Seven years ago, Holly Vassh and her dad were at the Jefferson (Wisconsin) swap meet and noticed a 1970 Chevelle. Holly has been helping her dad with his hot rodding most of her life, so they both knew immediately that the Chevelle needed a lot of work.
“My dad saw it and asked me if I wanted it,” Holly told me. “I really didn’t, to be honest, because of how much work it needed. I was terrified of doing that extensive of a project.”
It was in rough shape, but it was driveable. Holly took it for a test drive and fell in love. She brought the Chevelle home.
With her history of working on restorations with her dad, Holly had an idea of what was ahead of her. “It was in rough condition,” she said. “It needed quite a bit of work.”
Since the car was driveable, Holly started the rebuild with body work. There was a lot. She had to replace two quarter panels, two fenders, the trunk floor, and one door. The Chevelle was originally a Malibu model, but when the hood needed to be replaced, Holly opted for the SS cowl induction hood.
With the body work completed, Holly was ready to paint the Chevy. “I had a tough time picking the color,” she said. The Chevelle was originally Green Mist and had some green interior pieces, so Holly ended up choosing the factory Forest Green. Of course, she also applied the white SS stripes. “A ‘70 Chevelle isn’t a Chevelle without the stripes on the hood,” Holly said. She’ll get no argument from me on that.
The interior required almost as much work as the body. “It needed just about everything,” Holly recalled. She’s installed a new headliner, new dash pad, arm rests, and carpet. Holly also installed and painted the aftermarket center console and installed a new package tray and the Chevelle’s horseshoe shifter. The only thing she hasn’t done yet is replace the factory bucket seats, because, she told me, “I live on a farm, and until I move somewhere where there aren’t mice…”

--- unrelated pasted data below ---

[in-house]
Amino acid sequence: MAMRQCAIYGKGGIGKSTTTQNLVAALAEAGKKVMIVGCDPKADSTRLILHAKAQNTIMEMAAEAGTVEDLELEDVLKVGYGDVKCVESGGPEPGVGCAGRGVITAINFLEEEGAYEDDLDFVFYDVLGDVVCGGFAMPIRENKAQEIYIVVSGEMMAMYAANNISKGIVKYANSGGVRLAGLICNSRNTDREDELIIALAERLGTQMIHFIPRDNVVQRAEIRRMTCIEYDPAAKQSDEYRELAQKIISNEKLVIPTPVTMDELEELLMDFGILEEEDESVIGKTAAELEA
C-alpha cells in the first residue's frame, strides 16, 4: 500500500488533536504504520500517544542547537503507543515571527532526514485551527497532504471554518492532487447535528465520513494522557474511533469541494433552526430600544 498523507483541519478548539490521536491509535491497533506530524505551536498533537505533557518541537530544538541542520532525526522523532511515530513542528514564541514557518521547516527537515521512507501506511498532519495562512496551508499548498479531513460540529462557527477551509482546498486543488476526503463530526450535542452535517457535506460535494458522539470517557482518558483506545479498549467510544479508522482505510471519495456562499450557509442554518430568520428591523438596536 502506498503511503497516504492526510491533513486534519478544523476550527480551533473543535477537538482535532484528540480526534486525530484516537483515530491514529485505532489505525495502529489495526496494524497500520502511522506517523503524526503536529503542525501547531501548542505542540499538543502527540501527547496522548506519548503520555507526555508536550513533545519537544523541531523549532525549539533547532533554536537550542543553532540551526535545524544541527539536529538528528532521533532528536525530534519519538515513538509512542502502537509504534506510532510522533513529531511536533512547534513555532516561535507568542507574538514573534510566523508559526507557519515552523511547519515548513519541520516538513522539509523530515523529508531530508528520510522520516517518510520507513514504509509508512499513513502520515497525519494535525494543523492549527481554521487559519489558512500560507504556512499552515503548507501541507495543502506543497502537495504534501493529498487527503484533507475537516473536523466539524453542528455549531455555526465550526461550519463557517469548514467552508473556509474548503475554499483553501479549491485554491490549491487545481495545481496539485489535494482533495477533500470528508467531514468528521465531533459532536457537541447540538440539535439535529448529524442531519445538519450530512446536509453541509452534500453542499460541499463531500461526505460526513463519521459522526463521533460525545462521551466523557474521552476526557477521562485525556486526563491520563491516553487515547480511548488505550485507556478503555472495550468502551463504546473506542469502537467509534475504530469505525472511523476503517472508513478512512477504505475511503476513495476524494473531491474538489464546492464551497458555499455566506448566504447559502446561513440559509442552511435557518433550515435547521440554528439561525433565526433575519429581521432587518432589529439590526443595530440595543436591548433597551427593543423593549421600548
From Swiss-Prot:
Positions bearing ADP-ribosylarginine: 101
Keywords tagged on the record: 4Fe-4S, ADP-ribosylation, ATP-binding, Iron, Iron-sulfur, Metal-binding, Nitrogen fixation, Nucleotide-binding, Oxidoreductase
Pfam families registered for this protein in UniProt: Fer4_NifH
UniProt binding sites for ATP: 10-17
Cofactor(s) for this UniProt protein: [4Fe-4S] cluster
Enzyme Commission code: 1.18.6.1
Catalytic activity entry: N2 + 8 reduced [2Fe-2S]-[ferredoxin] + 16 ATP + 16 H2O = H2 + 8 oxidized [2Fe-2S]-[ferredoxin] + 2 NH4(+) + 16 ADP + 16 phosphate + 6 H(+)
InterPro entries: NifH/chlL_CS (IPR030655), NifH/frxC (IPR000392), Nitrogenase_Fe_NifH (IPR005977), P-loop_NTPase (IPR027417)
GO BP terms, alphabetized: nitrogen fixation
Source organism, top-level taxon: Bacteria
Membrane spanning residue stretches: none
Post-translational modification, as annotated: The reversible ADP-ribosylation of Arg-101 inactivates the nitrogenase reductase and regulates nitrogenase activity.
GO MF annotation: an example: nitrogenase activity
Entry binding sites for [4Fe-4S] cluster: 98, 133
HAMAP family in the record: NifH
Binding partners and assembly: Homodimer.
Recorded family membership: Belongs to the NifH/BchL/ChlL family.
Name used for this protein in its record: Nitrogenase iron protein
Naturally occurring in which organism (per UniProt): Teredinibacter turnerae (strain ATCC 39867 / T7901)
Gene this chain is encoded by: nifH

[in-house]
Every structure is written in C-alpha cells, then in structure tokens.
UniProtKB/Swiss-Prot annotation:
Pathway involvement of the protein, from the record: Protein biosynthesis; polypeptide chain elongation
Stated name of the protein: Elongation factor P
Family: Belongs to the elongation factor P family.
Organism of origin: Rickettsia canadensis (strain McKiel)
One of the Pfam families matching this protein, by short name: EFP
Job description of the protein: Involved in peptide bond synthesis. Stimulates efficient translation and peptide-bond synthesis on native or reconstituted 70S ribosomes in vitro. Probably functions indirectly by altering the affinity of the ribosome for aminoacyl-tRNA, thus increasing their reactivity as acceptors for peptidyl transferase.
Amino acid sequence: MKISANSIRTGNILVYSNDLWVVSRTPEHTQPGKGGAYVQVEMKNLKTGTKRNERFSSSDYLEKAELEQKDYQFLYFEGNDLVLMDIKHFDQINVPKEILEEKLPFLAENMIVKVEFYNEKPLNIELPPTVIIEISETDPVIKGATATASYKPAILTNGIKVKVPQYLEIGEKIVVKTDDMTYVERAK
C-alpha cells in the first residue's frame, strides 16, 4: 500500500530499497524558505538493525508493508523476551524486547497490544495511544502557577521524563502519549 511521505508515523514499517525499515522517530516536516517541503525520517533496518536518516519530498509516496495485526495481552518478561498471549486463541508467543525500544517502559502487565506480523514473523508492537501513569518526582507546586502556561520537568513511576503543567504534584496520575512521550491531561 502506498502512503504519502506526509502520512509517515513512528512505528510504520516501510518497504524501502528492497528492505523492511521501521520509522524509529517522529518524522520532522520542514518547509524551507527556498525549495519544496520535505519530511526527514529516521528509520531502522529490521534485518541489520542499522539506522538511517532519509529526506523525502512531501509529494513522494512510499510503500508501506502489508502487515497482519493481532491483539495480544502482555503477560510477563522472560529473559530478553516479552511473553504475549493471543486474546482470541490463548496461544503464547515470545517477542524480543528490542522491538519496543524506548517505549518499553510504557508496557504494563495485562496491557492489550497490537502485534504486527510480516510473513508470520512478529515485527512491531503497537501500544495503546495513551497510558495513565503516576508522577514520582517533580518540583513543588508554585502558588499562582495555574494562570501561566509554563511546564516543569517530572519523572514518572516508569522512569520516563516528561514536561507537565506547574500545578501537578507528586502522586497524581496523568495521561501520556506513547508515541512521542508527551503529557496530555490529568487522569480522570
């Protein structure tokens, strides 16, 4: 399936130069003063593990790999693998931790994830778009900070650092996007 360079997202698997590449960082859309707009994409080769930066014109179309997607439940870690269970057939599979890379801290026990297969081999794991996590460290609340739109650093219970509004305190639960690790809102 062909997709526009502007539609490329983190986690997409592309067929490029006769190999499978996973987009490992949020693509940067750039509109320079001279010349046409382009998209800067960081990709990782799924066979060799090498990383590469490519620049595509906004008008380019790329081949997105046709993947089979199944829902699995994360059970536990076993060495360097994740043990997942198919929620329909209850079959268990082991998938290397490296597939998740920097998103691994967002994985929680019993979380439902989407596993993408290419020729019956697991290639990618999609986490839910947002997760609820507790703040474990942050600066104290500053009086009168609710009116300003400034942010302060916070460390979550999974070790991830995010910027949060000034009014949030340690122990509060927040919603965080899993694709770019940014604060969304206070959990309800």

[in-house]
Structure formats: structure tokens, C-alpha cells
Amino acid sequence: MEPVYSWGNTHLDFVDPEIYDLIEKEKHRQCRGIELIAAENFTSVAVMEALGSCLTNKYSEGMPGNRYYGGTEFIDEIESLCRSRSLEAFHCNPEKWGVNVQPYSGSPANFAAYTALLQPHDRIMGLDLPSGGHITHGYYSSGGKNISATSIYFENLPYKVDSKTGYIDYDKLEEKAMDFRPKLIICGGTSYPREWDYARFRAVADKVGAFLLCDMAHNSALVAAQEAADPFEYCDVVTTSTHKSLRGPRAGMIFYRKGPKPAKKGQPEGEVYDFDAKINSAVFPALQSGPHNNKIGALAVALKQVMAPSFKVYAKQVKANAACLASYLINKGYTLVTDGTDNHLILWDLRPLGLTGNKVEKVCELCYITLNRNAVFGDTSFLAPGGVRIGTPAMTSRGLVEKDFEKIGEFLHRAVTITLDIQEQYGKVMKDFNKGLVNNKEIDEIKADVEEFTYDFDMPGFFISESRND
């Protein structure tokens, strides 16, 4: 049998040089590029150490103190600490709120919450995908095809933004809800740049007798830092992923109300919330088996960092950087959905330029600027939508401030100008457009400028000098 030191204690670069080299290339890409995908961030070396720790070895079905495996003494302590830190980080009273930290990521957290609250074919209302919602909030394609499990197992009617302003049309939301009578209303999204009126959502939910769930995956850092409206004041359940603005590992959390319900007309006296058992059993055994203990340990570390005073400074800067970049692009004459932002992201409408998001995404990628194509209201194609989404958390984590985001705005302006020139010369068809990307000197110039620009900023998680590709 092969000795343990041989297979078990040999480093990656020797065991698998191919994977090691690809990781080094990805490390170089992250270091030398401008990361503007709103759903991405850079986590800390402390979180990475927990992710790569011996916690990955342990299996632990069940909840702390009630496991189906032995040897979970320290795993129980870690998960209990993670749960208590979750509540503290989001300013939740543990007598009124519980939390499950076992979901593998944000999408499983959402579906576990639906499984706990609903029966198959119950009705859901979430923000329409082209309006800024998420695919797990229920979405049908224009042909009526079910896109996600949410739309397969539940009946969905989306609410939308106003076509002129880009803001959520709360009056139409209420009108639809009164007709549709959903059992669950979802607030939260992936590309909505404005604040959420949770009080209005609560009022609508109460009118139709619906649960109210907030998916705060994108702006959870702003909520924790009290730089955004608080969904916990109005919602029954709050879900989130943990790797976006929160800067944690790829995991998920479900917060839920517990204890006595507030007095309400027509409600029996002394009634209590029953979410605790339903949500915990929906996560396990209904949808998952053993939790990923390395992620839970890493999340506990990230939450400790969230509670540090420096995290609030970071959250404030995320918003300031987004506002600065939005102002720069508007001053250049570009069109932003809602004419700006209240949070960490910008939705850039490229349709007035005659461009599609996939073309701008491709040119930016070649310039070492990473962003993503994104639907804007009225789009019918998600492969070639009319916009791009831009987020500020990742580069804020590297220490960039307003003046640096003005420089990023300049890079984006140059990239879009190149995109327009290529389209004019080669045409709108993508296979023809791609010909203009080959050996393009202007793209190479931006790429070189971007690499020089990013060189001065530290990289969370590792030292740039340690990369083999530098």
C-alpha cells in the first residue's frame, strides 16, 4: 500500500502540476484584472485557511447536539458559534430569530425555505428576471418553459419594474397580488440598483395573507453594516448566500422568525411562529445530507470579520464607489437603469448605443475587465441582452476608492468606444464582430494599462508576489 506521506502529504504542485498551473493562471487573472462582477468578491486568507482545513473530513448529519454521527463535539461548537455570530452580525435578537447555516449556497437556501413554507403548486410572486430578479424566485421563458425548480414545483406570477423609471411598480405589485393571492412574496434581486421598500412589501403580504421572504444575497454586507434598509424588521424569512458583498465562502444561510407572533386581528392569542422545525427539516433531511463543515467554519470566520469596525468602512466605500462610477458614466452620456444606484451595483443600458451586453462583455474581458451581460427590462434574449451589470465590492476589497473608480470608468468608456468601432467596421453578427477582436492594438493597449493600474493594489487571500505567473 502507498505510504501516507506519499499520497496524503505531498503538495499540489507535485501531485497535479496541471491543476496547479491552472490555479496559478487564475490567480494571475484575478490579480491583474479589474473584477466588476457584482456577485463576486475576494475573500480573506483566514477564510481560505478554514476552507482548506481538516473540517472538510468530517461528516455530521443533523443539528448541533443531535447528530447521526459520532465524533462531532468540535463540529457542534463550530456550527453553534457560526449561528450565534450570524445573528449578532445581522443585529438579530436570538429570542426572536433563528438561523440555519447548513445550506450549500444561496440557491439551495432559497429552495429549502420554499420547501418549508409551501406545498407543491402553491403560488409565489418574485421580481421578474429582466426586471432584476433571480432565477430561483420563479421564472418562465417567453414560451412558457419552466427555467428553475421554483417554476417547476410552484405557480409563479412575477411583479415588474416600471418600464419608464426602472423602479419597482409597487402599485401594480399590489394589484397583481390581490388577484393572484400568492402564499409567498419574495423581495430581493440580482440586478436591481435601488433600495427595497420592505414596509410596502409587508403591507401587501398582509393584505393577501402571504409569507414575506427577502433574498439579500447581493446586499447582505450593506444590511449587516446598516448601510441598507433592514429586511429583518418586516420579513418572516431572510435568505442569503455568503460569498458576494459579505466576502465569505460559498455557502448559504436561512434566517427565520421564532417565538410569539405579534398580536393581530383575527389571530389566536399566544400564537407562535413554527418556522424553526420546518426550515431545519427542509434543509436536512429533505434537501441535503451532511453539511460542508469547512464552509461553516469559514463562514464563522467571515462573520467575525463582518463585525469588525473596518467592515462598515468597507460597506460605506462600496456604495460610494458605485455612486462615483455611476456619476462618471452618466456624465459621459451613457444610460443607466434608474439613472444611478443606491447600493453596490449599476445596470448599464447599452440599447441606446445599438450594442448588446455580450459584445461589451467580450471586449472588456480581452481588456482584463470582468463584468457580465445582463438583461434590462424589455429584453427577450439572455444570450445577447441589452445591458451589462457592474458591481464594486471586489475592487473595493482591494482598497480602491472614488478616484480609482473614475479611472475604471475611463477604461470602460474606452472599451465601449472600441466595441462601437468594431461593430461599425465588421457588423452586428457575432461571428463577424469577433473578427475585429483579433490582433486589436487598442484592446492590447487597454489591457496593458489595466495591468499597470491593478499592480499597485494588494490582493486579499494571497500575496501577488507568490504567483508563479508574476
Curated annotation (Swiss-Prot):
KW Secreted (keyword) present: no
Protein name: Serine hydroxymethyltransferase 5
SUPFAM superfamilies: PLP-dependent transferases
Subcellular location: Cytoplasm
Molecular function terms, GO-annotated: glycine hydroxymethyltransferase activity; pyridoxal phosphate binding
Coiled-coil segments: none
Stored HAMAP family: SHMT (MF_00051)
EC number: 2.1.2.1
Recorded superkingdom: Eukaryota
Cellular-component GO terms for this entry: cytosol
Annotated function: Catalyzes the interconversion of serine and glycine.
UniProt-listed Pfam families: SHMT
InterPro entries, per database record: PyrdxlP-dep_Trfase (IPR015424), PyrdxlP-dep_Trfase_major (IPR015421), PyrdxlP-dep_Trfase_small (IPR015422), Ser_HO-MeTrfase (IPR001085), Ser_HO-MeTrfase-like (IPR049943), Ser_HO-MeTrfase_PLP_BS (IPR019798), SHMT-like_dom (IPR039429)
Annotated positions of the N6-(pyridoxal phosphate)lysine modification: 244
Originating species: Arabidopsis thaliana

Since the Chevelle has been running well, Holly hasn’t made a bunch of changes to the mechanics of the car. It’s still running the 400 cubic inch small block that was in it when Holly got it. The SBC is fairly stock, but it does have headers and a dual exhaust.
Apparently the 400 is pretty strong, because Holly told me “it still has enough power to get me in trouble.”
Holly repainted the small block two years ago when she pulled it out to swap out the factory TH350 transmission for a 700R4. She said the new trans bolted right up to the existing crossmember, but the swap did require her to install a new drive shaft. Holly has also rebuilt the rear end, keeping the 3.08 gears.
She told me there’s “nothing crazy” about the suspension. She’s installed new shocks, but otherwise the suspension is stock, as are the front disc and rear drum brakes.
One of the many things Holly got exactly correct on her Chevy is the stance. It’s classic. Of course it includes a set of Cragar S/S mag wheels and BFGoodrich Radial T/As. With a slight forward rake, and the dual exhaust outlets going straight out the back, you can’t get a better look for a 1970 Chevelle.
My favorite thing Holly told me about her Chevelle project is, “I drive it as much as I can. It’s got lots of power and handles well. I love it.”
The only downside? “I speed constantly,” she said. “It’s hard not to.”
The Chevelle is a regular at car shows, but has not yet made a trip down the drag strip. I asked Holly if she thought she might do that, and she said, “I… may.”
Holly’s future plans for the A-body are simple. “My only plan is to keep enjoying it. Keep driving it. I don’t have any plans as far as changing much. I’m pretty happy with how it is now.”
One additional aspect of the Chevelle that Holly really enjoys is photographing it. She took all the pictures you see here, which are from her Instagram account (@hollyvassh70). Those awesome overhead shots were taken when she and her brother climbed on a railroad crossing bridge near her home. The photo with the three model Chevelles is my favorite.
Even though she was initially hesitant to get the Chevelle, Holly’s very glad she did.
“I’m actually glad that it did need all that work,” she said, “because I learned so much about restoring cars, and about ’70 Chevelles specifically. I’m really fortunate to be able to have done all the work to it. I wouldn’t go back and change anything.”
Now if she can just work on that speeding problem…
All photographs courtesy of Holly Vassh
Click here to see more of Holly’s photos of the Chevy
You can follow Holly and her Chevelle on Instagram via @hollyvassh70